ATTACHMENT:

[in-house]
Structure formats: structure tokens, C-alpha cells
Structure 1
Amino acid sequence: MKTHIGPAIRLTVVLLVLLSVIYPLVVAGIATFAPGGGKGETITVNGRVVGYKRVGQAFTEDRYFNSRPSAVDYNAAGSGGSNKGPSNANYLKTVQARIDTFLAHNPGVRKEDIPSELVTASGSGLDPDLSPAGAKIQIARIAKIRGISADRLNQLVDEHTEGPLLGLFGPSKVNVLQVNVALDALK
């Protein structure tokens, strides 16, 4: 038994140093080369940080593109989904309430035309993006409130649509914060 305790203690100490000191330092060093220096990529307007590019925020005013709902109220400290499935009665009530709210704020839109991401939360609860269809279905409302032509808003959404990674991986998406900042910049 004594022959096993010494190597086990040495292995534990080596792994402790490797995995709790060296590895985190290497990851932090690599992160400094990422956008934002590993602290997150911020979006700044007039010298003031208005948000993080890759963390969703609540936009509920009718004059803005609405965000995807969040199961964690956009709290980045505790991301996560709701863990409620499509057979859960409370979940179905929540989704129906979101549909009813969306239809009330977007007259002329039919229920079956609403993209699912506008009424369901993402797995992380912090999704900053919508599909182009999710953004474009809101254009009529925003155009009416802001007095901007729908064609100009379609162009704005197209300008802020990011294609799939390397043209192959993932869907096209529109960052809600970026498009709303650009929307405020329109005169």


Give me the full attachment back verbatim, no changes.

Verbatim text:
[in-house]
Structure formats: structure tokens, C-alpha cells
Structure 1
Amino acid sequence: MKTHIGPAIRLTVVLLVLLSVIYPLVVAGIATFAPGGGKGETITVNGRVVGYKRVGQAFTEDRYFNSRPSAVDYNAAGSGGSNKGPSNANYLKTVQARIDTFLAHNPGVRKEDIPSELVTASGSGLDPDLSPAGAKIQIARIAKIRGISADRLNQLVDEHTEGPLLGLFGPSKVNVLQVNVALDALK
């Protein structure tokens, strides 16, 4: 038994140093080369940080593109989904309430035309993006409130649509914060 305790203690100490000191330092060093220096990529307007590019925020005013709902109220400290499935009665009530709210704020839109991401939360609860269809279905409302032509808003959404990674991986998406900042910049 004594022959096993010494190597086990040495292995534990080596792994402790490797995995709790060296590895985190290497990851932090690599992160400094990422956008934002590993602290997150911020979006700044007039010298003031208005948000993080890759963390969703609540936009509920009718004059803005609405965000995807969040199961964690956009709290980045505790991301996560709701863990409620499509057979859960409370979940179905929540989704129906979101549909009813969306239809009330977007007259002329039919229920079956609403993209699912506008009424369901993402797995992380912090999704900053919508599909182009999710953004474009809101254009009529925003155009009416802001007095901007729908064609100009379609162009704005197209300008802020990011294609799939390397043209192959993932869907096209529109960052809600970026498009709303650009929307405020329109005169």